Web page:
For GSA studies involving multi-dimensional output, a traditional approach is to apply a separate GP emulator for each dimension of the output space. However, if the output consists of many thousands of points on a spatial map or time series (Lee et al., 2013), then the need to use thousands of emulators can impose substantial computational constraints even using the FAST methods. A solution is to adopt a GSA method that does not rely on an emulator but is based on generalised additive modelling (Mara and Tarantola, 2008; Strong et al., 2014, 2015b) or on a partial least squares approach (Chang et al., 2015; Sobie, 2009). A separate generalised additive model (GAM) can be built for each input against the output of the expensive model, and the sensitivity of the output to changes in each input is then computed using these individual GAM models. Partial least squares (PLS) is an extension of the more traditional multivariate linear regression where the number of samples (i.e. model runs in this context) can be small, and they may even be less that the number of inputs (Sobie, 2009).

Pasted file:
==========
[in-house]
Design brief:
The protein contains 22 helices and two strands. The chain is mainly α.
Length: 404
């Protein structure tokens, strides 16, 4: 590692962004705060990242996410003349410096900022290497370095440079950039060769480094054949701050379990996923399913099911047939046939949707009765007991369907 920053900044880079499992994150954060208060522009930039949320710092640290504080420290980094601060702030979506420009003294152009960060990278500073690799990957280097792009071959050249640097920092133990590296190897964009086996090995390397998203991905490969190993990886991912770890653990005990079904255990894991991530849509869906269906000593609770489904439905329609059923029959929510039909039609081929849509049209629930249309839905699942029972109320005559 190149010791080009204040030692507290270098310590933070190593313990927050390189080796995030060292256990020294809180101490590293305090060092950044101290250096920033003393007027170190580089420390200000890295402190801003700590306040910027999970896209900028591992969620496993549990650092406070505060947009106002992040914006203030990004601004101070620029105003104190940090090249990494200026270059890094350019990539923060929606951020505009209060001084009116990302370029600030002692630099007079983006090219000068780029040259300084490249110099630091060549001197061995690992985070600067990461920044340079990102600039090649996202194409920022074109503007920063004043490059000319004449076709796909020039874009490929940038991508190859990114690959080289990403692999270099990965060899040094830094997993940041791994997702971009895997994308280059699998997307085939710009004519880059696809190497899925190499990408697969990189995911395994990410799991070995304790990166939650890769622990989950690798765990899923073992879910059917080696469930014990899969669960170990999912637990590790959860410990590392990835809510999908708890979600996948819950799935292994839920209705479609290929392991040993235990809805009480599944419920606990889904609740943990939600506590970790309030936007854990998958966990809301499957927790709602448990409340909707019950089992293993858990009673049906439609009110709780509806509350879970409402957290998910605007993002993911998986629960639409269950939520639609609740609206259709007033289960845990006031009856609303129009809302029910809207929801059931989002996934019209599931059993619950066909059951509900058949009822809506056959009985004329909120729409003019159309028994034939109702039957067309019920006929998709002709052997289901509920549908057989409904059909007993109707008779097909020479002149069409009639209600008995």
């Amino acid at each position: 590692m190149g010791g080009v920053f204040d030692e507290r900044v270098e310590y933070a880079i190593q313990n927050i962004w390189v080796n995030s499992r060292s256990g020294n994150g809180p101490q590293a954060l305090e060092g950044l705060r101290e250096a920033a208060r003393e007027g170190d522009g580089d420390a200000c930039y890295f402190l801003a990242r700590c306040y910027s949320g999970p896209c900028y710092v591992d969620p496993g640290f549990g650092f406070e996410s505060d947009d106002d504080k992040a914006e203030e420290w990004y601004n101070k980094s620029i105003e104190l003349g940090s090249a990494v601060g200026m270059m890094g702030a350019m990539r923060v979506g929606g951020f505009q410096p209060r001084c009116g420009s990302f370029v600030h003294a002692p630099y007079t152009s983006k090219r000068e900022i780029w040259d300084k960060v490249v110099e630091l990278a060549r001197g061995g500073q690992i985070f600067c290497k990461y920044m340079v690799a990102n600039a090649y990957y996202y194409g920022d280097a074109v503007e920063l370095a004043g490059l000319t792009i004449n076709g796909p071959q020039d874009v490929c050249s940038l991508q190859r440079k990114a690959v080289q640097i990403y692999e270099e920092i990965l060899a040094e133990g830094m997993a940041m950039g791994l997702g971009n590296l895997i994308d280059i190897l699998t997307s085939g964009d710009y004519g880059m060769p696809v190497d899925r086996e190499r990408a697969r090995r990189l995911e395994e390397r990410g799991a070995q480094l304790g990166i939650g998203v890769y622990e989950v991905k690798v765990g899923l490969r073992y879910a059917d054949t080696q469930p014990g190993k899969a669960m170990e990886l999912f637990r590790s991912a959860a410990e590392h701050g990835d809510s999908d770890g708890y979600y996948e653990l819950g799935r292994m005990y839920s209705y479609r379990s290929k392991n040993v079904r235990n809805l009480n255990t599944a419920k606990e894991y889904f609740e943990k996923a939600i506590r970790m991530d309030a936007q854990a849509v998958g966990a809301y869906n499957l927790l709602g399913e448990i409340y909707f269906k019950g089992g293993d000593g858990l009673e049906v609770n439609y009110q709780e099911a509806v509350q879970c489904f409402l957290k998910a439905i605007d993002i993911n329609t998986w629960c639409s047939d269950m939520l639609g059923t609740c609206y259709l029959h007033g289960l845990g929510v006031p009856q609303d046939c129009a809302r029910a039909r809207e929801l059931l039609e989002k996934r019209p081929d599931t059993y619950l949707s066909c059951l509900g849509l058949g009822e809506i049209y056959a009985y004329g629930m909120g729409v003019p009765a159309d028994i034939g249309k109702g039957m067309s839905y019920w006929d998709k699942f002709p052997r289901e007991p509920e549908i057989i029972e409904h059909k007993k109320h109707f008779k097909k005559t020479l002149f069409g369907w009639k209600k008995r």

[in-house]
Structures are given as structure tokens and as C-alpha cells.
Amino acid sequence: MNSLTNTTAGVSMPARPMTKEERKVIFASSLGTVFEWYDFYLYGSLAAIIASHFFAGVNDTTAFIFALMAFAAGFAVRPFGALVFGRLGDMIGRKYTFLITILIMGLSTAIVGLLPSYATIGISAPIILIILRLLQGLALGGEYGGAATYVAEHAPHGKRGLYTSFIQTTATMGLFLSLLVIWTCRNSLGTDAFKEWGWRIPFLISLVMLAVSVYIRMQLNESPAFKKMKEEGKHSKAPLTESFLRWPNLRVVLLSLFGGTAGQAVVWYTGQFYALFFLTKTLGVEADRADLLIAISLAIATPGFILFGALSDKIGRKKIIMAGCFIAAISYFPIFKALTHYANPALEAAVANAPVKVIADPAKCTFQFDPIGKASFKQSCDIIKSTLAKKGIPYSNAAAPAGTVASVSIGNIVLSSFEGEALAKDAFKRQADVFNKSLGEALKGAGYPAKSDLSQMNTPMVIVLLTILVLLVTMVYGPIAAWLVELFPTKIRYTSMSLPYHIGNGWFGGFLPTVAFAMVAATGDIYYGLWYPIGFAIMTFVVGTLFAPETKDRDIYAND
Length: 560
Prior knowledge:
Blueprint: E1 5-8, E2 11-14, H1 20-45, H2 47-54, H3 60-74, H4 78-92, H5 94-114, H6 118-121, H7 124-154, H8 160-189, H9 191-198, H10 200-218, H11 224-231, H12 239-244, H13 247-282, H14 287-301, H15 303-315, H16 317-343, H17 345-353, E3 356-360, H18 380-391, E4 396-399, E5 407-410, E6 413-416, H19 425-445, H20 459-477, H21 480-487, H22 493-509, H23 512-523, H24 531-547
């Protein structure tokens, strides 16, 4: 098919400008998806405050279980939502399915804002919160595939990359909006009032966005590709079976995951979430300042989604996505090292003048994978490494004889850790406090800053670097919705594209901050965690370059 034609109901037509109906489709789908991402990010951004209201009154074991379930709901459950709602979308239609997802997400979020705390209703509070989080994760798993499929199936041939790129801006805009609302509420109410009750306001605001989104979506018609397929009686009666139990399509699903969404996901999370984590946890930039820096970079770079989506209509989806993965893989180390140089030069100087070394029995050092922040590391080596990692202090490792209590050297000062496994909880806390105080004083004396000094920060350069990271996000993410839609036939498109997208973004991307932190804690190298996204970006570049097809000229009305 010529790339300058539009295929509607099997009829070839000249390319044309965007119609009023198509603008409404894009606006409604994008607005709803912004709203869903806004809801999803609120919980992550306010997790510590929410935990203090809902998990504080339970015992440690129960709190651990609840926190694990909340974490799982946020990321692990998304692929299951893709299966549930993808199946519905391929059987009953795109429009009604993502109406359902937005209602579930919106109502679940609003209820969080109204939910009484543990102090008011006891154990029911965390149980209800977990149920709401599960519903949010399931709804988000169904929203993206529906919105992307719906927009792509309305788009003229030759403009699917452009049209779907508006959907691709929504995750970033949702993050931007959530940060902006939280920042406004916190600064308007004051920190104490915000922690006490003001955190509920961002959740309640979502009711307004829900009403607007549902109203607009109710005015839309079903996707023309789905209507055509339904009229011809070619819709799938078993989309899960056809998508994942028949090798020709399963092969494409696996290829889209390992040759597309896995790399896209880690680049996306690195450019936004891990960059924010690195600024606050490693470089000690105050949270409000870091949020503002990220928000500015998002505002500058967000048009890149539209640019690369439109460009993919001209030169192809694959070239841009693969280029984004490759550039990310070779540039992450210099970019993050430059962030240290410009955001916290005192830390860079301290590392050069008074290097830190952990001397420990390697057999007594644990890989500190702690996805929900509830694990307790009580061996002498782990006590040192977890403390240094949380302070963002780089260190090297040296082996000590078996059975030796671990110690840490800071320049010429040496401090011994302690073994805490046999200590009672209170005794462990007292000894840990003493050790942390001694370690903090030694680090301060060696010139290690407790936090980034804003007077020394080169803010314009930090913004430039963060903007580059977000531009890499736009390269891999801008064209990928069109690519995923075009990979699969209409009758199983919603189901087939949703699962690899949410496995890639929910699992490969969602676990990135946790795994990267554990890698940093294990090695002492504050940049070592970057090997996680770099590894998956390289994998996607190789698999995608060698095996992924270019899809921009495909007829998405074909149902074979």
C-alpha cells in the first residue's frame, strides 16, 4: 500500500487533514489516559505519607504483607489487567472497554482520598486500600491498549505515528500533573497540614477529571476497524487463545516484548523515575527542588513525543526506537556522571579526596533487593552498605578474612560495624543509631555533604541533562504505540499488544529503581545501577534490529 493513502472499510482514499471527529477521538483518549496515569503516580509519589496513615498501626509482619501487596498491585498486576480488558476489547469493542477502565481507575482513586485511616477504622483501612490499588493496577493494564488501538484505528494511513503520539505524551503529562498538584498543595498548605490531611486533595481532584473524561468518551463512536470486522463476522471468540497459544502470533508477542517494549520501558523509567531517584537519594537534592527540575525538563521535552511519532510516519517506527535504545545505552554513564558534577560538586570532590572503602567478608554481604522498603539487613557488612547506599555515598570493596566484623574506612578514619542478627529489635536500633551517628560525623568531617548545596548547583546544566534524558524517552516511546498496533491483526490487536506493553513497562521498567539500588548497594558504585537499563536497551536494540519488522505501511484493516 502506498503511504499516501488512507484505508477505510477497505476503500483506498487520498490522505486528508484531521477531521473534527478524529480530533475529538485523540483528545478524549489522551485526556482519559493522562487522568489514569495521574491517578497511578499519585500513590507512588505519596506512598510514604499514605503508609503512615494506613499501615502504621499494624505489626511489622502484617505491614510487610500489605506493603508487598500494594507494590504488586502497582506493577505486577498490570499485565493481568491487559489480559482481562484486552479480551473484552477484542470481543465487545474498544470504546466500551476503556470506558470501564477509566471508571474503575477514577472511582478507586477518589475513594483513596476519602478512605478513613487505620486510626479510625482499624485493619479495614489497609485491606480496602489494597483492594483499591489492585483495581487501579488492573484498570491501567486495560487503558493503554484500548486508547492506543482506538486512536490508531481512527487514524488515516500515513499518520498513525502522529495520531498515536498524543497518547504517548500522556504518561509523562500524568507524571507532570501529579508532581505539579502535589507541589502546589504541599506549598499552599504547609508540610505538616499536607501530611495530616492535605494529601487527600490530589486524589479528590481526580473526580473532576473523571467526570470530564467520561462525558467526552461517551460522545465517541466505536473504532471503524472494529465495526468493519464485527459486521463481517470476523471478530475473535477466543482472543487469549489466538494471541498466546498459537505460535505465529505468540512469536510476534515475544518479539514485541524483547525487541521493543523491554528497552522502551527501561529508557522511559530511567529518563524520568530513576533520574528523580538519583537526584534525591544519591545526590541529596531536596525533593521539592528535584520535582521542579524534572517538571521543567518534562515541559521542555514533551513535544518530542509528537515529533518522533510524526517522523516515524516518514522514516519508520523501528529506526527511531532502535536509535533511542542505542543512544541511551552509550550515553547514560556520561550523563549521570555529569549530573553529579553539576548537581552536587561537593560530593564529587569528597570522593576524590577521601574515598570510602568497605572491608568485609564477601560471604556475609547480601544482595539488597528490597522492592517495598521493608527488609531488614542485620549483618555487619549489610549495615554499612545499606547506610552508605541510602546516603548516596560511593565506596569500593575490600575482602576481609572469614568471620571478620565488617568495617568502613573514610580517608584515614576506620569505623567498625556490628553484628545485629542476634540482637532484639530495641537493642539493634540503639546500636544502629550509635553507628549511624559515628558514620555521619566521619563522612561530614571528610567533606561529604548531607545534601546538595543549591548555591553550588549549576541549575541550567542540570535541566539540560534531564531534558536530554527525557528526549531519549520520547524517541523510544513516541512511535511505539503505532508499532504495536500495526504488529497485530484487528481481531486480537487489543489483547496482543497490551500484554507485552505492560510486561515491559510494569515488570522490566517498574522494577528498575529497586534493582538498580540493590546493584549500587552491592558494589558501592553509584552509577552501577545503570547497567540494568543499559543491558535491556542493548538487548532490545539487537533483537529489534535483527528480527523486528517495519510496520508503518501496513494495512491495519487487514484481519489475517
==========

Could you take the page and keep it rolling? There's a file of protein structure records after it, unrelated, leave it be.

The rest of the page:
An alternative way of reducing the computational constraints is to use principal component analysis (PCA) to reduce the dimensionality of the output. This means that we require far fewer emulators to represent the outputs, reducing the GSA calculations by a large margin, although there is some loss of detail. This emulator–PCA hybrid approach has been successfully used in radiative transfer models (Gómez-Dans et al., 2016), a very simple chemical reaction model (Saltelli et al., 2012) and general circulation models (Sexton et al., 2012). While we hypothesise that both emulator-free and PCA-based methods are suited to large-scale GSA problems (e.g. those involving more than 20 input factors), a focus of our work is to determine the accuracy of these methods for a smaller-scale GSA study.